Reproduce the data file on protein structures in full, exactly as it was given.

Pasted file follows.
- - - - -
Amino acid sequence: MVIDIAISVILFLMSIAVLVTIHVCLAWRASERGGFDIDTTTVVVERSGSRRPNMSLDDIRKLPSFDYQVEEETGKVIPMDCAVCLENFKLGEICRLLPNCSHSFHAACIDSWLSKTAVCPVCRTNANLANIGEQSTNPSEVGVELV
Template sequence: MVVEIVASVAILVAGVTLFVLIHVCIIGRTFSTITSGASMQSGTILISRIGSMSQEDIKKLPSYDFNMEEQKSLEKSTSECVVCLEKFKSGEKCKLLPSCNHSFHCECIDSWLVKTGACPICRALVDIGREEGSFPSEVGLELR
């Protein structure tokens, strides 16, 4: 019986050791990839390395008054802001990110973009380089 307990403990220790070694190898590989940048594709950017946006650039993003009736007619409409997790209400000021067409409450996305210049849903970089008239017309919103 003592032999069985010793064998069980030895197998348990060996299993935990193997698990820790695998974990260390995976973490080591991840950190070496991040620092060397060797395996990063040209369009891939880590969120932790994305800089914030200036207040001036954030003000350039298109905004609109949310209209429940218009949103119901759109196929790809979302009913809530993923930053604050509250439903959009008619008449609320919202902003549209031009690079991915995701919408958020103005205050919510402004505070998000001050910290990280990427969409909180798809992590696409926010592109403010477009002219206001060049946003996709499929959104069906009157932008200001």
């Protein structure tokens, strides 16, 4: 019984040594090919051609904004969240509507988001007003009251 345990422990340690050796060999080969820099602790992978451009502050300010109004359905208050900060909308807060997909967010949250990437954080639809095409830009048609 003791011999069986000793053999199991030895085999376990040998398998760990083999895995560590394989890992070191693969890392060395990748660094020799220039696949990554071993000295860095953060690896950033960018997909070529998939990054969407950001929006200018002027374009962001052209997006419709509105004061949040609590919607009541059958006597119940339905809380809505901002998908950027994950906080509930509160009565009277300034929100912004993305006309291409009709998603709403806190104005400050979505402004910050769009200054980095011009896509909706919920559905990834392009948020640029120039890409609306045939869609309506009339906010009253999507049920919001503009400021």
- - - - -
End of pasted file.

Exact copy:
Amino acid sequence: MVIDIAISVILFLMSIAVLVTIHVCLAWRASERGGFDIDTTTVVVERSGSRRPNMSLDDIRKLPSFDYQVEEETGKVIPMDCAVCLENFKLGEICRLLPNCSHSFHAACIDSWLSKTAVCPVCRTNANLANIGEQSTNPSEVGVELV
Template sequence: MVVEIVASVAILVAGVTLFVLIHVCIIGRTFSTITSGASMQSGTILISRIGSMSQEDIKKLPSYDFNMEEQKSLEKSTSECVVCLEKFKSGEKCKLLPSCNHSFHCECIDSWLVKTGACPICRALVDIGREEGSFPSEVGLELR
């Protein structure tokens, strides 16, 4: 019986050791990839390395008054802001990110973009380089 307990403990220790070694190898590989940048594709950017946006650039993003009736007619409409997790209400000021067409409450996305210049849903970089008239017309919103 003592032999069985010793064998069980030895197998348990060996299993935990193997698990820790695998974990260390995976973490080591991840950190070496991040620092060397060797395996990063040209369009891939880590969120932790994305800089914030200036207040001036954030003000350039298109905004609109949310209209429940218009949103119901759109196929790809979302009913809530993923930053604050509250439903959009008619008449609320919202902003549209031009690079991915995701919408958020103005205050919510402004505070998000001050910290990280990427969409909180798809992590696409926010592109403010477009002219206001060049946003996709499929959104069906009157932008200001």
């Protein structure tokens, strides 16, 4: 019984040594090919051609904004969240509507988001007003009251 345990422990340690050796060999080969820099602790992978451009502050300010109004359905208050900060909308807060997909967010949250990437954080639809095409830009048609 003791011999069986000793053999199991030895085999376990040998398998760990083999895995560590394989890992070191693969890392060395990748660094020799220039696949990554071993000295860095953060690896950033960018997909070529998939990054969407950001929006200018002027374009962001052209997006419709509105004061949040609590919607009541059958006597119940339905809380809505901002998908950027994950906080509930509160009565009277300034929100912004993305006309291409009709998603709403806190104005400050979505402004910050769009200054980095011009896509909706919920559905990834392009948020640029120039890409609306045939869609309506009339906010009253999507049920919001503009400021």